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Hexagon Automation: The shift from optimisation to innovation

The power of data and AI are extending the reach of automation across the factory floor.
Hexagon Automation: The shift from optimisation to innovation

Automation is undergoing a shift. The industrialisation of artificial intelligence (AI) has given a brain to automated processes. Where once we relied on rigid, pre-programmed systems unable to adapt or learn from past experiences, we can now create dynamic systems that analyse, learn and get better with time.Where it’s remit used to be firmly fixed on repetitive tasks, its scope has now grown significantly. The potential it promises to unleash touches on everything from design to customer. At the factory, it gives us the potential to reach new peaks of production, optimise operations and achieve the goal of producing right first time. Come with us as we explore how the industrialisation of AI will impact key business areas.

Business resilience
An automated system is a fixed system. It cannot adapt or respond to unexpected changes. At various points in its life, every automated system needs human intervention. We can create clever automated systems that work in predictable ways. We can build them to respond to foreseeable events, but there will always be an unknown, or an unpredictable scenario.

Hexagon Automation: The shift from optimisation to innovation
AI allows us to rigid systems into agile systems that support business resilience. By integrating AI with automation, systems have the power to learn from pattern recognition, use data-driven insights and respond to new or changing events. By integrating AI with automated systems we introduce adaptability and flexibility which reduces the need for human intervention and enables a greater level of resilience and agility at the business level.

Design and development
AI is revolutionising the way we design and iterate new products. Generative design tools enable designers to place requirements into software, along with certain parameters like materials, physical dimensions and budget constraints, then the AI generates and presents a number of viable design iterations. The result is not just one solution but many optimal designs based on the original specifications. Unlike humans, generative design has no pre-defined ideas about how a product or part should look – it will simply design something to task. This leaves the software free to invent solutions to problems. The technology is already making an incredible impact across sectors including automotive, where it has empowered designers to do everything from lightweight to improve performance, often by consolidating multiple parts into a single unit. Rather than taking away from designers, generative design is giving wings to innovation by opening up new avenues for exploration.

Factory floor workflows
Introducing the power of AI to traditional automation has the potential to transform production workflows. Instead of just handling repetitive, dirty or dangerous tasks, AI systems can take on a range of much more complex activities. The capacity to learn over time based on real feedback and to recognise patterns and extrapolate makes it excellent at optimising workflows and fine-tuning processes with automatic adjustments of manufacturing assets to ensure quality output.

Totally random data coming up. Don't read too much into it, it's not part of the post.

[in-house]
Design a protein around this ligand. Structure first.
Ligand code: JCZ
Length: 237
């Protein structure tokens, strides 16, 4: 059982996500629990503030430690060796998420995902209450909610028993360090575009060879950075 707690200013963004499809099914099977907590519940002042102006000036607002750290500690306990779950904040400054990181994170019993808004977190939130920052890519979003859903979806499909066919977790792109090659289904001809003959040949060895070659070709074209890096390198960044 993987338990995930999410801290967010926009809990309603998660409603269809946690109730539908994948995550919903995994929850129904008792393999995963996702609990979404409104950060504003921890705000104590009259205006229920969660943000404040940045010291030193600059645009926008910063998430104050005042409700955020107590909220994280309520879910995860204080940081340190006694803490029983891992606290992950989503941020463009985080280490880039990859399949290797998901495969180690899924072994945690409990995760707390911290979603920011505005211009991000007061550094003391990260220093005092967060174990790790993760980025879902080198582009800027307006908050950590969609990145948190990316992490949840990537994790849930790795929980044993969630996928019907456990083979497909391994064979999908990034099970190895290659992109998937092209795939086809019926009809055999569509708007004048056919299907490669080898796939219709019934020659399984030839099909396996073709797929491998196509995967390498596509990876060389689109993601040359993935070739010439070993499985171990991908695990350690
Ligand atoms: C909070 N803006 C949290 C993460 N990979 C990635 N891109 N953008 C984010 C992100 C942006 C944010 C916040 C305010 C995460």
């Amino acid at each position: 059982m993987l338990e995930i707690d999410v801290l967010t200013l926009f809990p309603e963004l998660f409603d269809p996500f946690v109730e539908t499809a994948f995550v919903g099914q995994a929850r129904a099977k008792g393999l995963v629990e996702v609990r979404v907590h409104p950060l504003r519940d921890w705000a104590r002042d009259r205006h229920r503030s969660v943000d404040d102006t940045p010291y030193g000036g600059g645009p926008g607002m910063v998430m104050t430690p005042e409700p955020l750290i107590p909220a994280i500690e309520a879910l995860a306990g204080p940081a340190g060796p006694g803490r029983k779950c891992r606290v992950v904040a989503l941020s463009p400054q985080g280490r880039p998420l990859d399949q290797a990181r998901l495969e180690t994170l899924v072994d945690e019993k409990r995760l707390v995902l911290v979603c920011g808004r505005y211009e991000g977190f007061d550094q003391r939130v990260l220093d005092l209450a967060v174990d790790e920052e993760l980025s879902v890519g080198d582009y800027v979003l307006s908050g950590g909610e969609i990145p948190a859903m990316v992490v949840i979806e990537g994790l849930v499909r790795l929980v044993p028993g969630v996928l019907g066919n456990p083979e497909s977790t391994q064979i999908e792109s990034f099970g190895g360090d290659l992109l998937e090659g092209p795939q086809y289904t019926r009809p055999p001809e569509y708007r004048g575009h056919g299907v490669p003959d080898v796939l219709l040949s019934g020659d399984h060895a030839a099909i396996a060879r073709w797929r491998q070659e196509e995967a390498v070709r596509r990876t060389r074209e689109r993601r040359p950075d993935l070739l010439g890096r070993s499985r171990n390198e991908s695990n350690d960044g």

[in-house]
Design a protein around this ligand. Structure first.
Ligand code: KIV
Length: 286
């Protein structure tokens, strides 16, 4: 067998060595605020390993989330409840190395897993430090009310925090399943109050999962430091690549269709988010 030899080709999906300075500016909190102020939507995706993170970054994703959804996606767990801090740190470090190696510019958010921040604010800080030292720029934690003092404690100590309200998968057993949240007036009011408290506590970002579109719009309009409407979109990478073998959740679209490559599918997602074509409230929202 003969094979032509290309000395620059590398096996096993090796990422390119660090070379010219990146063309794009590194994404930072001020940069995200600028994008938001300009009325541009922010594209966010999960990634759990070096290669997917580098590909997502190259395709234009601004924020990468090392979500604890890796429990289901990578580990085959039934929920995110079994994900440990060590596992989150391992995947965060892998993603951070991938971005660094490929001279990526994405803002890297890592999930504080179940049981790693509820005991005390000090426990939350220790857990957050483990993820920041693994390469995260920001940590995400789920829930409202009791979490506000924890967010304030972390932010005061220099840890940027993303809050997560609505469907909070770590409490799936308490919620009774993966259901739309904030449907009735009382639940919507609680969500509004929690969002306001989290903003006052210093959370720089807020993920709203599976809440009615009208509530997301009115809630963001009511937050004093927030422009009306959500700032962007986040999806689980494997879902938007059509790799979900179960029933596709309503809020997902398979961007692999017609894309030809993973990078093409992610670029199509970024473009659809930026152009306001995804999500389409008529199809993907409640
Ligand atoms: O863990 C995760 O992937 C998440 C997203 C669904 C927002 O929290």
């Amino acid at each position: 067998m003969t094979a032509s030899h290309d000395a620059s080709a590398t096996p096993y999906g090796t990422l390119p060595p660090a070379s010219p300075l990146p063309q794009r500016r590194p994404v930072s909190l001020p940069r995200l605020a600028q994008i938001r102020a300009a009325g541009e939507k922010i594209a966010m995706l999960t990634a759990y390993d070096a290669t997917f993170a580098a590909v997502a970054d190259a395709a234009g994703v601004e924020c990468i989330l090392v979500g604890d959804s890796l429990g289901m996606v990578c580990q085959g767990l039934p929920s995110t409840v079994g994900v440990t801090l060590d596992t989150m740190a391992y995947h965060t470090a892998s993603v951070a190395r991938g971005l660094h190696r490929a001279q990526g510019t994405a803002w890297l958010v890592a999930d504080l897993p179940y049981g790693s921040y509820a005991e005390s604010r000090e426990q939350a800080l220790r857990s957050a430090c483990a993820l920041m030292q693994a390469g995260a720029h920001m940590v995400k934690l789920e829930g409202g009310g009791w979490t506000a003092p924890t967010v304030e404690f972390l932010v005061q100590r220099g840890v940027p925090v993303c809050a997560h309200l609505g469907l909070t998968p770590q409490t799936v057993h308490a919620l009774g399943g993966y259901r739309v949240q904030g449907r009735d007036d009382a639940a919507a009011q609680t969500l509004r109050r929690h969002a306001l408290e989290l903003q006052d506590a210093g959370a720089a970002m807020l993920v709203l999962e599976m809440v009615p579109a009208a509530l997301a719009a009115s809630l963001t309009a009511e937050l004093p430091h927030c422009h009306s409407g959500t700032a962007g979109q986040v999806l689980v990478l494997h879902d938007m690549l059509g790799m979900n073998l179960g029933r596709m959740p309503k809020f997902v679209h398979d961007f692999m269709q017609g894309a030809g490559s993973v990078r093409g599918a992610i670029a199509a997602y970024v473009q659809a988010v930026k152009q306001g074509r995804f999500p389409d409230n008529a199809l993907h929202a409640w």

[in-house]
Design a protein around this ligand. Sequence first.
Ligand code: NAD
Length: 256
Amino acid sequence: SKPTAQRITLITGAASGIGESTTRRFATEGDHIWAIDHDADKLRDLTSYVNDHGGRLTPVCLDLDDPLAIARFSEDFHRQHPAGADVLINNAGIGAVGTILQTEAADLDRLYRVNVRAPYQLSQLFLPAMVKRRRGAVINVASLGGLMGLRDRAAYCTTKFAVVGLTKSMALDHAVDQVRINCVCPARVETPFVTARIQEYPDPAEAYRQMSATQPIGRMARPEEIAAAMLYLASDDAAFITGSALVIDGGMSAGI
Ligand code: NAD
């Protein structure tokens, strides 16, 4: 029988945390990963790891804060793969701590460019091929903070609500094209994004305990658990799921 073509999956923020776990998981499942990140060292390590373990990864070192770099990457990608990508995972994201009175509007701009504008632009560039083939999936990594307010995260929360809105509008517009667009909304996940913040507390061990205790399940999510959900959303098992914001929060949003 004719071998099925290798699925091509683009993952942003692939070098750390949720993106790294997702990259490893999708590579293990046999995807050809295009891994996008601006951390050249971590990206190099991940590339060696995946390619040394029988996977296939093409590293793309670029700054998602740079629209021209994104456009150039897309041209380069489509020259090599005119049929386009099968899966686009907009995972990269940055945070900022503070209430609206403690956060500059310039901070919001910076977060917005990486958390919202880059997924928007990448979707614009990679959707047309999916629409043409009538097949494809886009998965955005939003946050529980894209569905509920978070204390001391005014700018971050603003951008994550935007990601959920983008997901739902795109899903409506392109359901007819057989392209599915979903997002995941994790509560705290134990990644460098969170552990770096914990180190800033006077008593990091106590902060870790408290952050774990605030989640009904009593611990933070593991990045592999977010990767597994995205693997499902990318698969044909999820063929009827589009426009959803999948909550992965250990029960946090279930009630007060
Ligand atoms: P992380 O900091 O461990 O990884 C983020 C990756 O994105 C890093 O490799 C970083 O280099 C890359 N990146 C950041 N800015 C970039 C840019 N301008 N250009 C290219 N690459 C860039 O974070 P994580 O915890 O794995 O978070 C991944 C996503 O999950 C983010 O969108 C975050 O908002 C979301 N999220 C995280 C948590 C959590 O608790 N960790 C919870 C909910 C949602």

Hexagon Automation: The shift from optimisation to innovation
But AI’s value on the shop floor extends beyond efficiency and optimised processes. With the right foresight and vision, it can lead well into the realms of innovation. Efficiency, safety and optimisation almost become a by-product as AI suggests entirely new ways of working. Fully integrating AI into factory floor workflows enables new strategies and techniques which could transform traditional workflows.

Quality control and maintenance
AI is very good at is finding patterns and recognising anomalies. This capability has been used in facial recognition for many years. We see it at airport security and passport control, but now this technology is increasingly applied in the field of predictive maintenance and quality control in production lines. AI can be trained to visually inspect parts as they move along a production line, checking for a range of irregularities, in some cases faster and more consistently than human operators. Additionally, this ability to identify patterns and spot deviations makes artificial intelligence very good at predictive maintenance, recognising changes in the behaviour of a machine that might indicate potential problems. This becomes an indicator to schedule maintenance, all of which reduces downtime and saves costs.

Distribution and logistics
Up until now logistics departments might have used AI to create and identify the optimal way to store, pack and deliver goods. They might have used Ai to monitor and respond to peaks and troughs in demand or to plot schedules based on real-time conditions.

Hexagon Automation: The shift from optimisation to innovation
That’s all very impressive, but it is a reactive strategy. To move beyond optimisation and into the competitive advantages of innovation we need to become proactive. This is where AI, and more specifically HxGN EAM (Enterprise Asset Management), come into play. HxGN EAM is an industry-leading asset management solution that uses AI to extend asset lifecycles and improve productivity. It allows organisations to evolve from EAM to Asset Performance Management (APM) by applying technologies such as AI and Machine Learning to deliver accurate, trusted data and strategic insights for improved decision-making.

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